23 Sep 2021

Government ministers wanted bespoke MIQ for athletes but were warned of public backlash

9:26 am on 23 September 2021

While returnees have been vying with international sports players for coveted spots in MIQ, documents sourced by RNZ show government ministers pressed for a dedicated, bespoke sports isolation hotel.

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Documents from August 2020 discussing upcoming tournaments show sports codes were well aware of the space in MIQ which they would use. Photo: RNZ / Marika Khabazi

The idea was shot down by officials who looked at options in Queenstown, then Rotorua and Wellington in February, and each time found a shortage of resources - and a risk of public backlash.

International sports players are able to enter the country using border exemptions for critical workers, but documents from August 2020 discussing upcoming tournaments show codes were well aware of the space in MIQ which they would use.

New Zealand Cricket mentioned potentially "encroaching" on public resources, while officials talked about the "perception that sports teams were displacing New Zealanders".

Ahead of the Women's Rugby World Cup, Covid-19 Response Minister Chris Hipkins and Sports Minister Grant Robertson asked the Ministry of Business Innovation and Employment (MBIE) for cost estimates for a dedicated sports MIQ in Queenstown.

When officials reported back in February they explained it would be difficult.

"A scoping visit was undertaken by MBIE to Queenstown in August last year to examine the potential of for establishing a sports-based MIF. The visit identified two hotels as potentially meeting MIF requirements," MIQ's allocation and supply policy manager James Johnson explained.

"There are limited health resources in the Queenstown area and workforce constraints ... there are also practical considerations which make Queenstown an unsuitable location."

Officials noted there was no tertiary health facility in Queenstown, and health staff would need to be brought in from Dunedin and Invercargill - at quite some expense.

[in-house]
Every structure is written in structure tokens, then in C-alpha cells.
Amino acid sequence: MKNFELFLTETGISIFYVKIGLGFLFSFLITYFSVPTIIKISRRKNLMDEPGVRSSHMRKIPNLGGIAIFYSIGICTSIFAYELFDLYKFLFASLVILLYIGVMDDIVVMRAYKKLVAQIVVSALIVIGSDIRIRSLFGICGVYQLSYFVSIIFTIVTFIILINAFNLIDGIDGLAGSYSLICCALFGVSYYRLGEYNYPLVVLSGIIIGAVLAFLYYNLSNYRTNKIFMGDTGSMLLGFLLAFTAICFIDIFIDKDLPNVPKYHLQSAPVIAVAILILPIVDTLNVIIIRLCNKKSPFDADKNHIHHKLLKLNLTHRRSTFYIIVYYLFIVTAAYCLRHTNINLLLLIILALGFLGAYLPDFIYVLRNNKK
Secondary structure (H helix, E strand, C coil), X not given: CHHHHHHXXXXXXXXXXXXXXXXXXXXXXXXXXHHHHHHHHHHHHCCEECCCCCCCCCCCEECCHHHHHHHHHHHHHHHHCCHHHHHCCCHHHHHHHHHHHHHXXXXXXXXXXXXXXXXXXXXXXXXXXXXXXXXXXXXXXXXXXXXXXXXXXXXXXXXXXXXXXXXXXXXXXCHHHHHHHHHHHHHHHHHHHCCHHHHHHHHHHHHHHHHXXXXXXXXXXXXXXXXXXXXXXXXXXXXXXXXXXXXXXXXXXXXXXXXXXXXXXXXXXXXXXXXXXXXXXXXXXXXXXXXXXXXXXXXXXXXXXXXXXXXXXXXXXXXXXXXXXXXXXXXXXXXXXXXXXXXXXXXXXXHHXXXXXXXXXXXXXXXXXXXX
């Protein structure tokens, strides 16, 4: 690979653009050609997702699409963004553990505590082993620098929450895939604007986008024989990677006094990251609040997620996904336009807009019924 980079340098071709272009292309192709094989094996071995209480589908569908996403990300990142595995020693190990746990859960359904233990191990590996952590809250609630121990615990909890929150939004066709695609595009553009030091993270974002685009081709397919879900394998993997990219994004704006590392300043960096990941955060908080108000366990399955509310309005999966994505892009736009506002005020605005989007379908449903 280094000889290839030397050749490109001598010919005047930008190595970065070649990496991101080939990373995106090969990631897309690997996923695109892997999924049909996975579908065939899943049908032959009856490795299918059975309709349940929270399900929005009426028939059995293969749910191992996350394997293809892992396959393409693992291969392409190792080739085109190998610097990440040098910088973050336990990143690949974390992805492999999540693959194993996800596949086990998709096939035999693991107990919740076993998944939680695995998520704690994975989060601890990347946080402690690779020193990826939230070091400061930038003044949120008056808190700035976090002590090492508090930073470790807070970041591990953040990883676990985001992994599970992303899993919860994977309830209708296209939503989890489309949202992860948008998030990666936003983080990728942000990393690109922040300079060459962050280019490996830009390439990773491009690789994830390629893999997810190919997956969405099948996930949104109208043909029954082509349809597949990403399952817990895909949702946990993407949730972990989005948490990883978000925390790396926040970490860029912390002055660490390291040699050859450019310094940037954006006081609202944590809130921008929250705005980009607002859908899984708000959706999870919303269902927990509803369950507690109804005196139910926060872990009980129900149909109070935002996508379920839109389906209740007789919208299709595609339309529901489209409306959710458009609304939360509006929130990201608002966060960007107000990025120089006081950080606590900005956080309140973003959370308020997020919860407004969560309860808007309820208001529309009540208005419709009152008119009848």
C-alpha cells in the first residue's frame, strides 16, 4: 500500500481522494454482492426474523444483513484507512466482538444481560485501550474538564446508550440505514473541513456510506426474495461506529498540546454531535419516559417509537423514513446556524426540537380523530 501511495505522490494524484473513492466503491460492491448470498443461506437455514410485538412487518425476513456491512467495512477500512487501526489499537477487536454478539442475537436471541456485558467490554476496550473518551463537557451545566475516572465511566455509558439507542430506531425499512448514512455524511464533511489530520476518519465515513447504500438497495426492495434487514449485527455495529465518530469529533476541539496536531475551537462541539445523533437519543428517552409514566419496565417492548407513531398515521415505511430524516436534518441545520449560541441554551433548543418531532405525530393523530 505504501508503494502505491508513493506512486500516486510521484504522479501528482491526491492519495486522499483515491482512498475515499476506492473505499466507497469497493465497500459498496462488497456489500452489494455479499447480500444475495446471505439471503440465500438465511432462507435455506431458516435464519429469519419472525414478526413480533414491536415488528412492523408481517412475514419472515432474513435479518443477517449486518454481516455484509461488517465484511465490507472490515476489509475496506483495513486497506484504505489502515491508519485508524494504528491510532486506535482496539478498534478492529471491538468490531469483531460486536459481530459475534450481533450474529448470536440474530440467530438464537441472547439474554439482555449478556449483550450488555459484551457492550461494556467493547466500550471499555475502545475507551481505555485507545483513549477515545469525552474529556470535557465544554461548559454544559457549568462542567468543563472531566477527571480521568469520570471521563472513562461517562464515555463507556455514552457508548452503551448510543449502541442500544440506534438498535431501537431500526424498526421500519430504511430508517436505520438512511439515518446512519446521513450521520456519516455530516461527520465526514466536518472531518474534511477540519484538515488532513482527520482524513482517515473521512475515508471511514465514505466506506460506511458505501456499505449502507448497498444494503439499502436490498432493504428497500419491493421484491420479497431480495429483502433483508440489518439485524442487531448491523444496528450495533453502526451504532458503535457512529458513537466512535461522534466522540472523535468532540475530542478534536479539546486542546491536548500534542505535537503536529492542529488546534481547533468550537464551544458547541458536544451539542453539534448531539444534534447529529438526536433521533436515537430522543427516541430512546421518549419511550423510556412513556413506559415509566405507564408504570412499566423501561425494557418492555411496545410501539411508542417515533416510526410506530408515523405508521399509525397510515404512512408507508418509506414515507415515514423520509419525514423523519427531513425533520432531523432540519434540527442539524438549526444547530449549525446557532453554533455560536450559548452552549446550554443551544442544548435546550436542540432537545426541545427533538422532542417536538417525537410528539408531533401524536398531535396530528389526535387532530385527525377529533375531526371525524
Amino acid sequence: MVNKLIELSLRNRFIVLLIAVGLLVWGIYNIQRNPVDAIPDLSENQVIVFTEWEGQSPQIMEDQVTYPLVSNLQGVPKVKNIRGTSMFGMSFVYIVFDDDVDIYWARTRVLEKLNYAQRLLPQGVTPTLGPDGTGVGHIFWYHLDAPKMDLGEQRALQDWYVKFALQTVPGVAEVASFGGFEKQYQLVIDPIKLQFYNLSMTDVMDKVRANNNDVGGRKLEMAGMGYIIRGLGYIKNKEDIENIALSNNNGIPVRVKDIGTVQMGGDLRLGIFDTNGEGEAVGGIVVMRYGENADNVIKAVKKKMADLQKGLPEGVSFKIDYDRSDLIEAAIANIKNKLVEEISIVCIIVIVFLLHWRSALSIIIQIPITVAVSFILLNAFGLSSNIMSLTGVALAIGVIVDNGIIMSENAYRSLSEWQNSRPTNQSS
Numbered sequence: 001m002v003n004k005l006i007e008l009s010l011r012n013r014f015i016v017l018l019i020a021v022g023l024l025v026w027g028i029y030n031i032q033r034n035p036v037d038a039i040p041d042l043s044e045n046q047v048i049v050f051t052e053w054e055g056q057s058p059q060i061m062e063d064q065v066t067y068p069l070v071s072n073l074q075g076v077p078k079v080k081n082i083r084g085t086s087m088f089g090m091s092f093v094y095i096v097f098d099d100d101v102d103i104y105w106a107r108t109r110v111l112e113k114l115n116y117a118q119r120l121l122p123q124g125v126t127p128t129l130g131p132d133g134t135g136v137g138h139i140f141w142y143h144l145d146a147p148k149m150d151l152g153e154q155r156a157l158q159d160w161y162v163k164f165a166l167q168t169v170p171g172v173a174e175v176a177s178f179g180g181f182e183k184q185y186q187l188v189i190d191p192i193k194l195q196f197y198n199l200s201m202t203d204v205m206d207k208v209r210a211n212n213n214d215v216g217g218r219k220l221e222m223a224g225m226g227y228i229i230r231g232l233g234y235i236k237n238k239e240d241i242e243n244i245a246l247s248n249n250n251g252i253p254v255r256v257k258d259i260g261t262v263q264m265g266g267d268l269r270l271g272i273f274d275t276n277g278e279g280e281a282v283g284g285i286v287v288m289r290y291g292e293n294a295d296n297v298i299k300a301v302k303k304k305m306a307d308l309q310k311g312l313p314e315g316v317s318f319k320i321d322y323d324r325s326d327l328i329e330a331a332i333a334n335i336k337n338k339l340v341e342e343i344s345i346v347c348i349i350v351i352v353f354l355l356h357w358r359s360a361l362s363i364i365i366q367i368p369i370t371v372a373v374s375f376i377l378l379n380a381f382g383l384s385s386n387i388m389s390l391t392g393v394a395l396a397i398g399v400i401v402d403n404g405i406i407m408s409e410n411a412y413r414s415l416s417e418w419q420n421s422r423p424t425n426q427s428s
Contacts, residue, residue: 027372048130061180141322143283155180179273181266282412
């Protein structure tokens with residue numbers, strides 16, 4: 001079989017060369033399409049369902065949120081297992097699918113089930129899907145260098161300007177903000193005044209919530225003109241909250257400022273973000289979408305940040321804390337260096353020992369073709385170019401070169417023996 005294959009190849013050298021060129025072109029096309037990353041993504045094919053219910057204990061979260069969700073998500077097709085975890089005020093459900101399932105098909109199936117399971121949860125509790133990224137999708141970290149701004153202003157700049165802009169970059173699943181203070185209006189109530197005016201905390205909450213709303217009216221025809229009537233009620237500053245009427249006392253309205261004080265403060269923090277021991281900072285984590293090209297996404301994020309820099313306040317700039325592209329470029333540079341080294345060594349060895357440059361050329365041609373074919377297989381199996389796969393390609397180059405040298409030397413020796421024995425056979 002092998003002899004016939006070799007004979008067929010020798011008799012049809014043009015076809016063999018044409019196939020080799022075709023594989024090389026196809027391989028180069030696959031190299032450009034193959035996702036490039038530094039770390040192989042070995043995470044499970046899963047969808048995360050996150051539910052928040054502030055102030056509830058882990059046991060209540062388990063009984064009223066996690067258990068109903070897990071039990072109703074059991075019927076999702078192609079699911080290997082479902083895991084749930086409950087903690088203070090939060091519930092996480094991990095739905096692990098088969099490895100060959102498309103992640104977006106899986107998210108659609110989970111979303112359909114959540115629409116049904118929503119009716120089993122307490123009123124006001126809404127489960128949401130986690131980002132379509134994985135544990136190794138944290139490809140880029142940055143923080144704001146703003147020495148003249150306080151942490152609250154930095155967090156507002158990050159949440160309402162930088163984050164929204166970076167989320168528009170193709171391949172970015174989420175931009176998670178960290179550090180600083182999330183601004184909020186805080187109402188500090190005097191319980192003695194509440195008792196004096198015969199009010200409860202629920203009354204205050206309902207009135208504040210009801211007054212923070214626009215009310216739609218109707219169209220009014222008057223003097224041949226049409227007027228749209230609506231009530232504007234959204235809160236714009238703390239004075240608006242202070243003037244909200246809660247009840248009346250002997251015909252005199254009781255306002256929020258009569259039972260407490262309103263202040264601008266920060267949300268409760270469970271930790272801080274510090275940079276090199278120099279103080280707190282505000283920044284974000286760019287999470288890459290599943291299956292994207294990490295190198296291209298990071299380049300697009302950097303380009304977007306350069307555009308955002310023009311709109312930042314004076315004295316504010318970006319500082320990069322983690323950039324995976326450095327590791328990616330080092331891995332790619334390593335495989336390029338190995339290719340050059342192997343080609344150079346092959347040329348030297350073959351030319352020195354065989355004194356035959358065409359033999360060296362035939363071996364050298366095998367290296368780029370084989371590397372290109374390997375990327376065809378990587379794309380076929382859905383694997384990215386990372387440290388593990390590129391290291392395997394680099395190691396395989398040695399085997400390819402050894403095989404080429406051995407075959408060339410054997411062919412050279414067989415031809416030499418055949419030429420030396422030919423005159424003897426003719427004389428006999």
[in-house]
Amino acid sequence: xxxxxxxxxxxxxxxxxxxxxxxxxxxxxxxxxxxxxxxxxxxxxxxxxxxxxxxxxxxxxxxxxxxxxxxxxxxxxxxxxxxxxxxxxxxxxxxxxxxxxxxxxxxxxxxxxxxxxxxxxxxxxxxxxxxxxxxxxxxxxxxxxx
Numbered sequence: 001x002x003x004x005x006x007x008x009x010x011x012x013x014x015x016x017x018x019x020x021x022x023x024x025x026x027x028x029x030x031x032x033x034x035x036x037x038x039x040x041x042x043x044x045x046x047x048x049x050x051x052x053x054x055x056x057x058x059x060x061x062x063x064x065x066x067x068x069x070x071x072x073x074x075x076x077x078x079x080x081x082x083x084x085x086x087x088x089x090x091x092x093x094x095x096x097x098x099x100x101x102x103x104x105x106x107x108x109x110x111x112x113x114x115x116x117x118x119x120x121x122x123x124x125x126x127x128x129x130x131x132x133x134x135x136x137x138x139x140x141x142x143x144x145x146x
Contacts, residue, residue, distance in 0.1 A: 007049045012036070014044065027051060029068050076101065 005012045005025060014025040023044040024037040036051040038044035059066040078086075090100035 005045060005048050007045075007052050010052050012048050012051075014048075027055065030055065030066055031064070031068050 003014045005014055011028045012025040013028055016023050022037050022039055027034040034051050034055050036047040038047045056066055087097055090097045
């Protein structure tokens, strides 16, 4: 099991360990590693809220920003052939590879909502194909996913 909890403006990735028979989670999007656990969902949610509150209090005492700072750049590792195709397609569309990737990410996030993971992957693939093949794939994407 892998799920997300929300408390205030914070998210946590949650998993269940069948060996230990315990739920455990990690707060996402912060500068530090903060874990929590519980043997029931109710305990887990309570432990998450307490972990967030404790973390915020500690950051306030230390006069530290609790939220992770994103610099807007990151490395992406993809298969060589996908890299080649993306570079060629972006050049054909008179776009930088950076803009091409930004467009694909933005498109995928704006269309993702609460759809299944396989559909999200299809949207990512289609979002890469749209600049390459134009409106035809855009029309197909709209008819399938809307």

There was also a "severe" shortage of security workers in the district and not enough training facilities available.

Officials estimated it would cost at least $776,000 to set up the hotel and $4.2 million a month to run it, excluding the cost of health staff and police.

Queenstown Mayor Jim Boult said he was disappointed that the idea was eventually scrapped. He had spoken to officials, and felt it could have been a boost to the local economy and morale.

"It would have brought people staying in the district. Obviously some activity for restaurants and accommodation properties. Also the possibility of having games in the district would have brought visitors," Boult said.

Later in February the ministers asked MBIE to do a similar cost analysis for sport MIQ hotels in Rotorua and Wellington, where it noted there was better access to health workers and sports grounds.

MBIE found it could be done for between $3.1m and $3.6m per month but it highlighted another series of challenges.

In a briefing to ministers it warned that "inbound sports teams often present with complex needs for their stay" with the example of ice-baths, in-room exercise equipment and added measures of health and safety.

"However, introducing an additional facility solely dedicated to dealing with inbound sports teams would likely create an adverse response from the public due to the perception of preferential treatment."

Officials said those complex needs would also lead to a bigger burden on all the staff who worked in the hotel, compared to a regular MIQ - and warned other sectors - like construction and education - might also start asking for dedicated MIQ facilities.

In a statement provided to RNZ, an MIQ spokesperson explained the idea of a sports isolation hotel was eventually "not progressed".

Instead, 448 rugby, cricket and netball players from 13 teams have been accommodated in a regular MIQ - the Chateau on the Park in Christchurch - and given a training exemption by the Director-General of Health to visit a sports ground nearby.

"These training facilities operate under level four restrictions, just like a MIF, but are used only for training purposes for a set period of time each day and are used exclusively for the entire exemption period by the relevant sports team. This exemption period is always at the end of their MIQ stay and after the team have met the required criteria, including two negative tests."

Some cricket players have used Burt Sutcliffe Oval in Lincoln and netball players have trained at the Celebration Stadium, while the Pakistani Men's Cricket Team had its training exemption suspended after ten positive Covid-19 results.

Another seven sports players from other teams - one in October, two in February, and five in January - had also tested positive during their stay.

The ministry said sports teams or players who hadn't been granted a training exemption were placed into the same MIQ hotel as the rest of their cohort of arrivals.

"For example, sports people and players returning from Tokyo Olympics were accommodated across multiple facilities depending on their day and city of arrival."

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